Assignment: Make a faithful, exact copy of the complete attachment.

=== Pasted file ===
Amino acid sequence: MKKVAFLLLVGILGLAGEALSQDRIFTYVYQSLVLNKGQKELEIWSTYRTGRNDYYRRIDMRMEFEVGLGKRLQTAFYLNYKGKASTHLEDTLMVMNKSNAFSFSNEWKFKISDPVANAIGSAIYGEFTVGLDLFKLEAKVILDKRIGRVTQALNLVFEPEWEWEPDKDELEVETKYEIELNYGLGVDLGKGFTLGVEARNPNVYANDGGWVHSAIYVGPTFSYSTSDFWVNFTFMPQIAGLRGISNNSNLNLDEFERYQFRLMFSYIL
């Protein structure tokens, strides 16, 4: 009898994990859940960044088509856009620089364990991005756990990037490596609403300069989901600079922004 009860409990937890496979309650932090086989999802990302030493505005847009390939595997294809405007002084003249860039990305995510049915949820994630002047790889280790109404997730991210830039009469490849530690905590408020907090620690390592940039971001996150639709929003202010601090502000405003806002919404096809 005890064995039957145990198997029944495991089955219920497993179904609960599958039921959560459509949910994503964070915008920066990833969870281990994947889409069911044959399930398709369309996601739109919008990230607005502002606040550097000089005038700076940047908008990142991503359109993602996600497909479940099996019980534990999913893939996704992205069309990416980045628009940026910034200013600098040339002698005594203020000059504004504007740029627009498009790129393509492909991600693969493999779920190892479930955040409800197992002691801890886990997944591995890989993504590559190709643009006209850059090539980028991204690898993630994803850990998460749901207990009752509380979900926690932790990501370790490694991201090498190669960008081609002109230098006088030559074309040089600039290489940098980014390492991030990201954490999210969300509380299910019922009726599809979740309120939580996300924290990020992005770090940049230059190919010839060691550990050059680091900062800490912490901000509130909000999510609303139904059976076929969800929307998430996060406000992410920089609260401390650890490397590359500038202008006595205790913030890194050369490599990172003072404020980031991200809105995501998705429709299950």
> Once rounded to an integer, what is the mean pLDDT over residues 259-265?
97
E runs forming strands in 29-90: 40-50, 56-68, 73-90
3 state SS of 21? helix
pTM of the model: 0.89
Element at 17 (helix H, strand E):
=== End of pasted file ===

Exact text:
Amino acid sequence: MKKVAFLLLVGILGLAGEALSQDRIFTYVYQSLVLNKGQKELEIWSTYRTGRNDYYRRIDMRMEFEVGLGKRLQTAFYLNYKGKASTHLEDTLMVMNKSNAFSFSNEWKFKISDPVANAIGSAIYGEFTVGLDLFKLEAKVILDKRIGRVTQALNLVFEPEWEWEPDKDELEVETKYEIELNYGLGVDLGKGFTLGVEARNPNVYANDGGWVHSAIYVGPTFSYSTSDFWVNFTFMPQIAGLRGISNNSNLNLDEFERYQFRLMFSYIL
């Protein structure tokens, strides 16, 4: 009898994990859940960044088509856009620089364990991005756990990037490596609403300069989901600079922004 009860409990937890496979309650932090086989999802990302030493505005847009390939595997294809405007002084003249860039990305995510049915949820994630002047790889280790109404997730991210830039009469490849530690905590408020907090620690390592940039971001996150639709929003202010601090502000405003806002919404096809 005890064995039957145990198997029944495991089955219920497993179904609960599958039921959560459509949910994503964070915008920066990833969870281990994947889409069911044959399930398709369309996601739109919008990230607005502002606040550097000089005038700076940047908008990142991503359109993602996600497909479940099996019980534990999913893939996704992205069309990416980045628009940026910034200013600098040339002698005594203020000059504004504007740029627009498009790129393509492909991600693969493999779920190892479930955040409800197992002691801890886990997944591995890989993504590559190709643009006209850059090539980028991204690898993630994803850990998460749901207990009752509380979900926690932790990501370790490694991201090498190669960008081609002109230098006088030559074309040089600039290489940098980014390492991030990201954490999210969300509380299910019922009726599809979740309120939580996300924290990020992005770090940049230059190919010839060691550990050059680091900062800490912490901000509130909000999510609303139904059976076929969800929307998430996060406000992410920089609260401390650890490397590359500038202008006595205790913030890194050369490599990172003072404020980031991200809105995501998705429709299950």
> Once rounded to an integer, what is the mean pLDDT over residues 259-265?
97
E runs forming strands in 29-90: 40-50, 56-68, 73-90
3 state SS of 21? helix
pTM of the model: 0.89
Element at 17 (helix H, strand E):